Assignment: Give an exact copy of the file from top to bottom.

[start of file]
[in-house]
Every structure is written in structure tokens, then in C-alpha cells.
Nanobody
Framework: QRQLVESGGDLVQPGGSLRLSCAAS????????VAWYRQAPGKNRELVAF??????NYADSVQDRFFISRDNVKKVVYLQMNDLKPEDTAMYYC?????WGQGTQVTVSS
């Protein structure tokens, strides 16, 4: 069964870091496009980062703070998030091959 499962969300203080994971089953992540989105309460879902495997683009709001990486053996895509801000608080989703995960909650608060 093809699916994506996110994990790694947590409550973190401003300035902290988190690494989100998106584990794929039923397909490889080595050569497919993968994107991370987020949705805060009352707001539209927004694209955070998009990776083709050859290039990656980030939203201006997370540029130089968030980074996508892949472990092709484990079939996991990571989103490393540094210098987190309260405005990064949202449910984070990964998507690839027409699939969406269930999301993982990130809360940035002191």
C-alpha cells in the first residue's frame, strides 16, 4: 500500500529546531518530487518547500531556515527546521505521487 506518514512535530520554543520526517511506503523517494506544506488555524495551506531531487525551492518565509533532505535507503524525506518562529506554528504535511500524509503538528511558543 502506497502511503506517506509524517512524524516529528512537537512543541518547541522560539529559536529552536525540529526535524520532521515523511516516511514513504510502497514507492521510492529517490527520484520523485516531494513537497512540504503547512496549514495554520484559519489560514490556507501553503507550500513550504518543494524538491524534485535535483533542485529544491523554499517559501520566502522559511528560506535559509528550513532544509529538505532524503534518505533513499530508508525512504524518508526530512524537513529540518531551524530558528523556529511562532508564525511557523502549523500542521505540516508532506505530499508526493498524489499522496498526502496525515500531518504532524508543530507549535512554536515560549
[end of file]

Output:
[in-house]
Every structure is written in structure tokens, then in C-alpha cells.
Nanobody
Framework: QRQLVESGGDLVQPGGSLRLSCAAS????????VAWYRQAPGKNRELVAF??????NYADSVQDRFFISRDNVKKVVYLQMNDLKPEDTAMYYC?????WGQGTQVTVSS
């Protein structure tokens, strides 16, 4: 069964870091496009980062703070998030091959 499962969300203080994971089953992540989105309460879902495997683009709001990486053996895509801000608080989703995960909650608060 093809699916994506996110994990790694947590409550973190401003300035902290988190690494989100998106584990794929039923397909490889080595050569497919993968994107991370987020949705805060009352707001539209927004694209955070998009990776083709050859290039990656980030939203201006997370540029130089968030980074996508892949472990092709484990079939996991990571989103490393540094210098987190309260405005990064949202449910984070990964998507690839027409699939969406269930999301993982990130809360940035002191």
C-alpha cells in the first residue's frame, strides 16, 4: 500500500529546531518530487518547500531556515527546521505521487 506518514512535530520554543520526517511506503523517494506544506488555524495551506531531487525551492518565509533532505535507503524525506518562529506554528504535511500524509503538528511558543 502506497502511503506517506509524517512524524516529528512537537512543541518547541522560539529559536529552536525540529526535524520532521515523511516516511514513504510502497514507492521510492529517490527520484520523485516531494513537497512540504503547512496549514495554520484559519489560514490556507501553503507550500513550504518543494524538491524534485535535483533542485529544491523554499517559501520566502522559511528560506535559509528550513532544509529538505532524503534518505533513499530508508525512504524518508526530512524537513529540518531551524530558528523556529511562532508564525511557523502549523500542521505540516508532506505530499508526493498524489499522496498526502496525515500531518504532524508543530507549535512554536515560549